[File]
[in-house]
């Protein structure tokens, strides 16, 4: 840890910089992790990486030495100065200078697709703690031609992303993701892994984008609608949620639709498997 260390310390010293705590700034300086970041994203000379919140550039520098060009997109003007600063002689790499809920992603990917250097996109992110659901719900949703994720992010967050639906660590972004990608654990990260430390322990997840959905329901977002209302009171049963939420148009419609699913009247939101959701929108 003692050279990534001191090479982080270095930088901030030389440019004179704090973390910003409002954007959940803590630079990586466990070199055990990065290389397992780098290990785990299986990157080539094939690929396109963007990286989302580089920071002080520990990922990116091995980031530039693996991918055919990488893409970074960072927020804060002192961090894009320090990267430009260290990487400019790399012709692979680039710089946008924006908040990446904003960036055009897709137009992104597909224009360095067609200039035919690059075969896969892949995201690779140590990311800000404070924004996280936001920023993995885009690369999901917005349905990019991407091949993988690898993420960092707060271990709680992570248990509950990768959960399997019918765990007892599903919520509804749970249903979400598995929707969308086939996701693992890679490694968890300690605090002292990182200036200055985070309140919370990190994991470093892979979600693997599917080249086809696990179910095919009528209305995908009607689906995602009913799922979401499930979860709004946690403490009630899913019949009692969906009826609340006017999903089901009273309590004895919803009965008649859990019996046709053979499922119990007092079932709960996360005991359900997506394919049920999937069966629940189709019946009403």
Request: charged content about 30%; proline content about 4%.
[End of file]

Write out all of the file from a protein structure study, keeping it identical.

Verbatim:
[in-house]
């Protein structure tokens, strides 16, 4: 840890910089992790990486030495100065200078697709703690031609992303993701892994984008609608949620639709498997 260390310390010293705590700034300086970041994203000379919140550039520098060009997109003007600063002689790499809920992603990917250097996109992110659901719900949703994720992010967050639906660590972004990608654990990260430390322990997840959905329901977002209302009171049963939420148009419609699913009247939101959701929108 003692050279990534001191090479982080270095930088901030030389440019004179704090973390910003409002954007959940803590630079990586466990070199055990990065290389397992780098290990785990299986990157080539094939690929396109963007990286989302580089920071002080520990990922990116091995980031530039693996991918055919990488893409970074960072927020804060002192961090894009320090990267430009260290990487400019790399012709692979680039710089946008924006908040990446904003960036055009897709137009992104597909224009360095067609200039035919690059075969896969892949995201690779140590990311800000404070924004996280936001920023993995885009690369999901917005349905990019991407091949993988690898993420960092707060271990709680992570248990509950990768959960399997019918765990007892599903919520509804749970249903979400598995929707969308086939996701693992890679490694968890300690605090002292990182200036200055985070309140919370990190994991470093892979979600693997599917080249086809696990179910095919009528209305995908009607689906995602009913799922979401499930979860709004946690403490009630899913019949009692969906009826609340006017999903089901009273309590004895919803009965008649859990019996046709053979499922119990007092079932709960996360005991359900997506394919049920999937069966629940189709019946009403």
Request: charged content about 30%; proline content about 4%.